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Private equity fund

Private equity going public? I haven't heard a valid reason why a private equity firm would need to IPO but will advise clients to short sell any that do. If a firm wants to keep and lure talent, it is optimal for them and LPs to stay private. Carried interest is the motivator. Apart from undermining private equity's core philosophy and marketing pitch of the advantages of being private, it's a sign the prospects are dire for big private equity LBOs.

Stock markets may change but investor behavior remains reliably consistent. Sad also to see some formerly good firms creating INEVITABLE conflicts between limited partner and shareholder interests. An IPO is a signal to LPs to get out of future capital commitments on the private equity secondary market.

Skill is rare. Often LPs would have done better simply leveraging a large cap value public equity fund. Adjusting for risk and comparing that long only return to the best hedge funds, performance was poor - in fact negative alpha. The FUTURE outlook for big private equity is worse. Large LBOs are dependent on cooperatively cheap credit which I suspect will dry up.

Efficient markets? Analysts at the banks that mispriced the offering will soon be writing euphoric reports saying the stock is "cheap" and has terrific long term growth prospects! Such hype and hysteria is great news for those able to exploit such pricing anomalies. Market inefficiencies and misvaluations still seem to be available to those with the skills to identify them.

It is comforting to see plenty of irrationality and out of ego there is always opportunity to make money. What did Goldman Sachs say to be left out of the underwriting? Did they dare to use the GS stock p/e and EBITDA in the comparables valuation or did someone on the pitch team point out their own IPO in 1999 did nothing to retain or attract talented employees? JP Morgan was also omitted so was it that Marcus Goldman and John Pierpont Morgan ALREADY have 100 year legacies?

Many hedge funds shut down last year. This is portrayed as a "negative" for the industry but it is healthy and Darwinian. "Shut down" rarely means "lost all the money". Beta dependence still bails out many weaker funds. We ought to lose at least the bottom decile ie get 1,000 shut downs each year so it is remarkable how few hedge funds have disappeared, so far. Hopefully the coming bear market, credit collapse and economic recession will reveal who has been swimming naked in the outgoing tide. Private equity WILL also be a prominent disaster as will any banks that don't manage credit risks and derivatives properly. Banks, insurance companies and private equity firms all use MORE leverage than hedge funds.

Alpha can ONLY be generated when many others will be wrong. There needs to be as much greed, fear, stupidity and emotion as possible in the markets. It would be worrying if no-one bought the Blackstone IPO, no-one put money in Brian Hunter's Solengo Capital, everyone loved hedge funds and always blamed themselves for losing money. If everyone became rational the markets might indeed become random and correctly priced. Clearly this is not remotely the case. The growth of the hedge fund industry has not reduced the vast INEFFICIENCIES in the financial markets. In fact there are more than ever before and that is good news for those with skill.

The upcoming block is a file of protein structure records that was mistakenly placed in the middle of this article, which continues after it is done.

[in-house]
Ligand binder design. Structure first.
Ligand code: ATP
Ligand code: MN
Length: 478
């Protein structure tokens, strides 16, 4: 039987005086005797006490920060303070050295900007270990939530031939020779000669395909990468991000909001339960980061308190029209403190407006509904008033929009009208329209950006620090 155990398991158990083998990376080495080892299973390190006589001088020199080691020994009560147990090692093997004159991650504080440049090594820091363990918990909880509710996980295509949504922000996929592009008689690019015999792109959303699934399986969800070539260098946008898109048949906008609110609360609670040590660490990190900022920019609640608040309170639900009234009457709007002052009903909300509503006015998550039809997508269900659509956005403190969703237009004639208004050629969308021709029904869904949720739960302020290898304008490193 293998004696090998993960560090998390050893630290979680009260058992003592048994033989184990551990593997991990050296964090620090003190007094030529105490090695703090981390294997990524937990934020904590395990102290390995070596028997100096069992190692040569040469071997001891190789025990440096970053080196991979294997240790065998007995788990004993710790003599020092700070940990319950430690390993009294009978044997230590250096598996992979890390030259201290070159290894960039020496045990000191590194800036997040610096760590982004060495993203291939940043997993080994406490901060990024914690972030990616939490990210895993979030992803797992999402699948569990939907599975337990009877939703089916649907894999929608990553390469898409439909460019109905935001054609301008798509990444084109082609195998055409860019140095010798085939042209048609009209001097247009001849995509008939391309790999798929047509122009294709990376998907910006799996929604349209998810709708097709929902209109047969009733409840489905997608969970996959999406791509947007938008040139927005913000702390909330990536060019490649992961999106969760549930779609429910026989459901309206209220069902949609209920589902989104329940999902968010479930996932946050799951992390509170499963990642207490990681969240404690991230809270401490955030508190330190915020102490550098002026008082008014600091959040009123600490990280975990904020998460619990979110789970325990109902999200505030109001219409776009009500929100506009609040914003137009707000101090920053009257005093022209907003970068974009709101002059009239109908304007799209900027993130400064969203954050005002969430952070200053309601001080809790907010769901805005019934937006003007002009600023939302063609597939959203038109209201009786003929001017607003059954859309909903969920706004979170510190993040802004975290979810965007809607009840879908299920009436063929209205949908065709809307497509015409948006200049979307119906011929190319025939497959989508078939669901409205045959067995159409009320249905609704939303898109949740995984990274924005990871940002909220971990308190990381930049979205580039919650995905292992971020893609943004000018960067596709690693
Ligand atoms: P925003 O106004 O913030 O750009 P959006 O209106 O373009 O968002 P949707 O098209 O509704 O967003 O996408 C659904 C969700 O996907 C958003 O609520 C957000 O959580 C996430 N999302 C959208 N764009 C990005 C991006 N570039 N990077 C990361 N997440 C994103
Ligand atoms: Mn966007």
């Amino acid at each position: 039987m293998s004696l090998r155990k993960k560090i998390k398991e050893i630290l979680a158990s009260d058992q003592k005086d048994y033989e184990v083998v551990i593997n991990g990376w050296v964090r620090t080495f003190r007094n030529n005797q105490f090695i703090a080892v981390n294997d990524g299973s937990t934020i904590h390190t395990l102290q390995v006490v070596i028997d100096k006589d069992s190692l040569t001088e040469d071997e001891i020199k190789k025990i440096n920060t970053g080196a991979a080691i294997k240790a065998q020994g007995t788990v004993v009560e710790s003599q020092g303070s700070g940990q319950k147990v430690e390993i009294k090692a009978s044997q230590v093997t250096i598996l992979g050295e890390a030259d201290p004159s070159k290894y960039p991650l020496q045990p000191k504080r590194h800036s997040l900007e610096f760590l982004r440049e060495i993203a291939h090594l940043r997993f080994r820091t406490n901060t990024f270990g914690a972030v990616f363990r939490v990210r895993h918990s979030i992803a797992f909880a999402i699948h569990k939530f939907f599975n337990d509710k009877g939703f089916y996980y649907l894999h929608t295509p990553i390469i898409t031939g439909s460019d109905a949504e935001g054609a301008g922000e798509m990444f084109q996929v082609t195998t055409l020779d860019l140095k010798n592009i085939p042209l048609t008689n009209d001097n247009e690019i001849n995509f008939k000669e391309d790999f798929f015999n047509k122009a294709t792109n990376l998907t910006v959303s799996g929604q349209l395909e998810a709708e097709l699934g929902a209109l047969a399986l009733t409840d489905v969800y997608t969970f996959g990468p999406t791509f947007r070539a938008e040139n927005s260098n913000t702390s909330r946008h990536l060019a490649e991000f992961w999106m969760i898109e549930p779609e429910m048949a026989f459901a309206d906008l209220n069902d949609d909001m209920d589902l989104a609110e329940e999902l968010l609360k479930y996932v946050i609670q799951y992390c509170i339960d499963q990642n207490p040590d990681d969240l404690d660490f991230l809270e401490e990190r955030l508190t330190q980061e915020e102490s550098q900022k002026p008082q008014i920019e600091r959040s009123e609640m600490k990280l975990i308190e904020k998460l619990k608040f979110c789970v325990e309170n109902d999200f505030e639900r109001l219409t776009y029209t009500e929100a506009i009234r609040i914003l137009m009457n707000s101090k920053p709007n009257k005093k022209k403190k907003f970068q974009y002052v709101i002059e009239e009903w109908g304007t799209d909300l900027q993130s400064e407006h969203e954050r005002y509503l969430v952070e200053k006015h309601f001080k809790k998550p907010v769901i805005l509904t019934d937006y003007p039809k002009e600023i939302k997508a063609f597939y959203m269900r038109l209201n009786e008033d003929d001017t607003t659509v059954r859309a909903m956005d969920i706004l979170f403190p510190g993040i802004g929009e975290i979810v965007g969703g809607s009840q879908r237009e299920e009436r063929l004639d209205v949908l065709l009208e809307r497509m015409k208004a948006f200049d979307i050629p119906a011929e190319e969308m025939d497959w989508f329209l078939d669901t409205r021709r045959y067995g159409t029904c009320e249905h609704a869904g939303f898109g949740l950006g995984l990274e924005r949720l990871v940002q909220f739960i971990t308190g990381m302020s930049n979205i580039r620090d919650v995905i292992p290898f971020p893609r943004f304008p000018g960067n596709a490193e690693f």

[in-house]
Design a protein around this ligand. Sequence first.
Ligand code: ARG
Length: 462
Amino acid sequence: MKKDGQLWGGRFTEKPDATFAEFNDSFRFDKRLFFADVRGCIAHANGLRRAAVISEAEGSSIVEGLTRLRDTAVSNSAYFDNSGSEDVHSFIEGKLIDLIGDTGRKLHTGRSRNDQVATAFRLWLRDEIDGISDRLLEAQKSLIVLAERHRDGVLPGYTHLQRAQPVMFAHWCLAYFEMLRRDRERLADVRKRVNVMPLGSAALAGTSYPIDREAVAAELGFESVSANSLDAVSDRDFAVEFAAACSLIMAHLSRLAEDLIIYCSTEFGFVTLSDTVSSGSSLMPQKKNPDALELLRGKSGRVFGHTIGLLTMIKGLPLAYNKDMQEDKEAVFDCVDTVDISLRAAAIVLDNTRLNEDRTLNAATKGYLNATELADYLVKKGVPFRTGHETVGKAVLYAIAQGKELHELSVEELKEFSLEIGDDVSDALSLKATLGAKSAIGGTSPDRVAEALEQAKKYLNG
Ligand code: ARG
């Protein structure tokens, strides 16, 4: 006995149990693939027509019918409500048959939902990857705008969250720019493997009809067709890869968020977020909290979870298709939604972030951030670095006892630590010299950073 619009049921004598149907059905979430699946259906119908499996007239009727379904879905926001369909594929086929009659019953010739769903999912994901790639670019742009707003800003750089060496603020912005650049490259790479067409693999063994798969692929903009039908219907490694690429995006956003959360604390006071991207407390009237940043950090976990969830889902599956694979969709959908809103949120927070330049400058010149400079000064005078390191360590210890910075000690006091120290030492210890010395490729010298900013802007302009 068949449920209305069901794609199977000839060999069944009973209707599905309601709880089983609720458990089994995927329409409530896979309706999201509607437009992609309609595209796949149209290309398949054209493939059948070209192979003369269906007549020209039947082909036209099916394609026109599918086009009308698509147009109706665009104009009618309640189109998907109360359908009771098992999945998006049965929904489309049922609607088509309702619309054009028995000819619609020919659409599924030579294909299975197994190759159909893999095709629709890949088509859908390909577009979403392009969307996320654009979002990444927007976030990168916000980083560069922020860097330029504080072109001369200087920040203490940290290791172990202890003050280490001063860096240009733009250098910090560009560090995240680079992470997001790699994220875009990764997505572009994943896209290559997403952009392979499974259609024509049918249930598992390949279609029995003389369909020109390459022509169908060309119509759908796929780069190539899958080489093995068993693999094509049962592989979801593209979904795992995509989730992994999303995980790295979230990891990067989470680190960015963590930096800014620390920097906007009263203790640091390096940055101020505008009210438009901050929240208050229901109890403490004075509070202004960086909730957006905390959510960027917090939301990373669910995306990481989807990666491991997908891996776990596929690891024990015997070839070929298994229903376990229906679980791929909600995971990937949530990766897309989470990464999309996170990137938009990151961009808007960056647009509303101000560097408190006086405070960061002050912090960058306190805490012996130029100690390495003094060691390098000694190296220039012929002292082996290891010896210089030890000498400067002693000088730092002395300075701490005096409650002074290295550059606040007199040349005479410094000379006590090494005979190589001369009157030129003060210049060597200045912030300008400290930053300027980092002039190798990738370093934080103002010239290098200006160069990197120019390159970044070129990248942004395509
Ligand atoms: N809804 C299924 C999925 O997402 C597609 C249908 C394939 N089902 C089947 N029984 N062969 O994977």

Hedge funds are now being blamed by some for the recent market volatility. Since "hedge funds" comprise a wide range of strategies, doing different things in different time frames, short and long, it is difficult to see how "hedge funds" can have much to do with it. If anything the recent global mini-correction could have become a major "correction" were it not for hedge funds covering shorts. We have also seen weaker hedge fund managers blaming everyone but themselves for performing poorly. If a trader loses money, it is the trader's fault. No-one else's. Events happen and risks are always present; if you are competent, you prepare and hedge for ANYTHING.

Brian Hunter of Amaranth fame is apparently getting going with a new fund. This is excellent news for skilled energy traders. Let's hope he raises billions. The more silly money out there the more opportunity for smart money to exploit it. I haven't seen the presentation materials yet but no doubt there are plenty of "one off event, thousand year storm, just bad luck, never happen again, strict risk control" powerpoint slides. Real traders do not lose $6 billion, EVER. But it is reassuring that there could be money out there prepared to invest in Solengo even when there are thousands of superior hedge funds. I asked a good commodities hedge fund manager about Brian Hunter; to quote "I made money out of him at Deutsche, more when he was at Amaranth and now it looks like I get the chance to make some more out of Solengo".

The best investments are often those that "experts" consider crazy at the time. The most correct opinions are usually the ones most vehemently opposed. Investors also have to be careful not to confuse intelligence with rationality. Some of the cleverest people around are very irrational. As John Maynard Keynes alluded to with beauty contests, don't buy the things you personally think are good, buy what others think are good. As Long-Term Capital and Amaranth and their unfortunate clients found out to their cost, being intelligent and rational does not help much if the market is not. The market ALWAYS wins those battles.

Some say greed and fear dominate the markets, but it is actually fear and fear. Fear of missing the boat OR fear of being on the boat. When the recession iceberg looms it will not make much difference which cabin you are in unless you have some true hedge fund lifeboats.

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